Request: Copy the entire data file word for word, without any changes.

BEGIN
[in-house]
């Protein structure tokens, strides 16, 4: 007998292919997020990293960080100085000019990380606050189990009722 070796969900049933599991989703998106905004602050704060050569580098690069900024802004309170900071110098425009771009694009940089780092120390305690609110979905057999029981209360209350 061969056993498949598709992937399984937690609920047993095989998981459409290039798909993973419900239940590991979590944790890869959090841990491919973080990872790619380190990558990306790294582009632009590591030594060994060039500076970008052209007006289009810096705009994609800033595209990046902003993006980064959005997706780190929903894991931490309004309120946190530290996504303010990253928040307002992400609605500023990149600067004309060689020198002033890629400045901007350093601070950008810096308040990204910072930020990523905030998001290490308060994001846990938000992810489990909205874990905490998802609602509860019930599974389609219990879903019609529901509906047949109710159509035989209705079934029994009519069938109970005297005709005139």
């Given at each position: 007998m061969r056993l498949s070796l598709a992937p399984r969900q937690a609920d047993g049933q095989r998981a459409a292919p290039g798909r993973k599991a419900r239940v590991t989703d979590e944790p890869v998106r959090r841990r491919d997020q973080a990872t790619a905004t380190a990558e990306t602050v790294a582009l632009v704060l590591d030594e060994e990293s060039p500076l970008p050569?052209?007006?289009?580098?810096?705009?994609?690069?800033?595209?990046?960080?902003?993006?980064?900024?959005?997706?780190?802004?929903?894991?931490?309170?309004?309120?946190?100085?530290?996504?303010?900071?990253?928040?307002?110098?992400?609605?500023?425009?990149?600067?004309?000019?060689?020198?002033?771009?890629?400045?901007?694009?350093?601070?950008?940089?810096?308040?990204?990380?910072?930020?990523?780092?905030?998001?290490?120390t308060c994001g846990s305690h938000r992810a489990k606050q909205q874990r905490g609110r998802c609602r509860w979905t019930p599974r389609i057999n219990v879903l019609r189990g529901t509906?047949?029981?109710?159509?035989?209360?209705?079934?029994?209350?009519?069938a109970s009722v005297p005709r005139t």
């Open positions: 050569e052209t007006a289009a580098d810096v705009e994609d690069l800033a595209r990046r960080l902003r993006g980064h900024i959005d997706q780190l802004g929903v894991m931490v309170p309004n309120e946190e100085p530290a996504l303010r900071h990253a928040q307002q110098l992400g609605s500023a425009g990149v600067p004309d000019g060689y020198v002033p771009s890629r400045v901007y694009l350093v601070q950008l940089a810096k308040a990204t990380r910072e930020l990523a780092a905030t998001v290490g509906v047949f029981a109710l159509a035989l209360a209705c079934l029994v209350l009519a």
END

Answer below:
[in-house]
């Protein structure tokens, strides 16, 4: 007998292919997020990293960080100085000019990380606050189990009722 070796969900049933599991989703998106905004602050704060050569580098690069900024802004309170900071110098425009771009694009940089780092120390305690609110979905057999029981209360209350 061969056993498949598709992937399984937690609920047993095989998981459409290039798909993973419900239940590991979590944790890869959090841990491919973080990872790619380190990558990306790294582009632009590591030594060994060039500076970008052209007006289009810096705009994609800033595209990046902003993006980064959005997706780190929903894991931490309004309120946190530290996504303010990253928040307002992400609605500023990149600067004309060689020198002033890629400045901007350093601070950008810096308040990204910072930020990523905030998001290490308060994001846990938000992810489990909205874990905490998802609602509860019930599974389609219990879903019609529901509906047949109710159509035989209705079934029994009519069938109970005297005709005139």
């Given at each position: 007998m061969r056993l498949s070796l598709a992937p399984r969900q937690a609920d047993g049933q095989r998981a459409a292919p290039g798909r993973k599991a419900r239940v590991t989703d979590e944790p890869v998106r959090r841990r491919d997020q973080a990872t790619a905004t380190a990558e990306t602050v790294a582009l632009v704060l590591d030594e060994e990293s060039p500076l970008p050569?052209?007006?289009?580098?810096?705009?994609?690069?800033?595209?990046?960080?902003?993006?980064?900024?959005?997706?780190?802004?929903?894991?931490?309170?309004?309120?946190?100085?530290?996504?303010?900071?990253?928040?307002?110098?992400?609605?500023?425009?990149?600067?004309?000019?060689?020198?002033?771009?890629?400045?901007?694009?350093?601070?950008?940089?810096?308040?990204?990380?910072?930020?990523?780092?905030?998001?290490?120390t308060c994001g846990s305690h938000r992810a489990k606050q909205q874990r905490g609110r998802c609602r509860w979905t019930p599974r389609i057999n219990v879903l019609r189990g529901t509906?047949?029981?109710?159509?035989?209360?209705?079934?029994?209350?009519?069938a109970s009722v005297p005709r005139t």
């Open positions: 050569e052209t007006a289009a580098d810096v705009e994609d690069l800033a595209r990046r960080l902003r993006g980064h900024i959005d997706q780190l802004g929903v894991m931490v309170p309004n309120e946190e100085p530290a996504l303010r900071h990253a928040q307002q110098l992400g609605s500023a425009g990149v600067p004309d000019g060689y020198v002033p771009s890629r400045v901007y694009l350093v601070q950008l940089a810096k308040a990204t990380r910072e930020l990523a780092a905030t998001v290490g509906v047949f029981a109710l159509a035989l209360a209705c079934l029994v209350l009519a």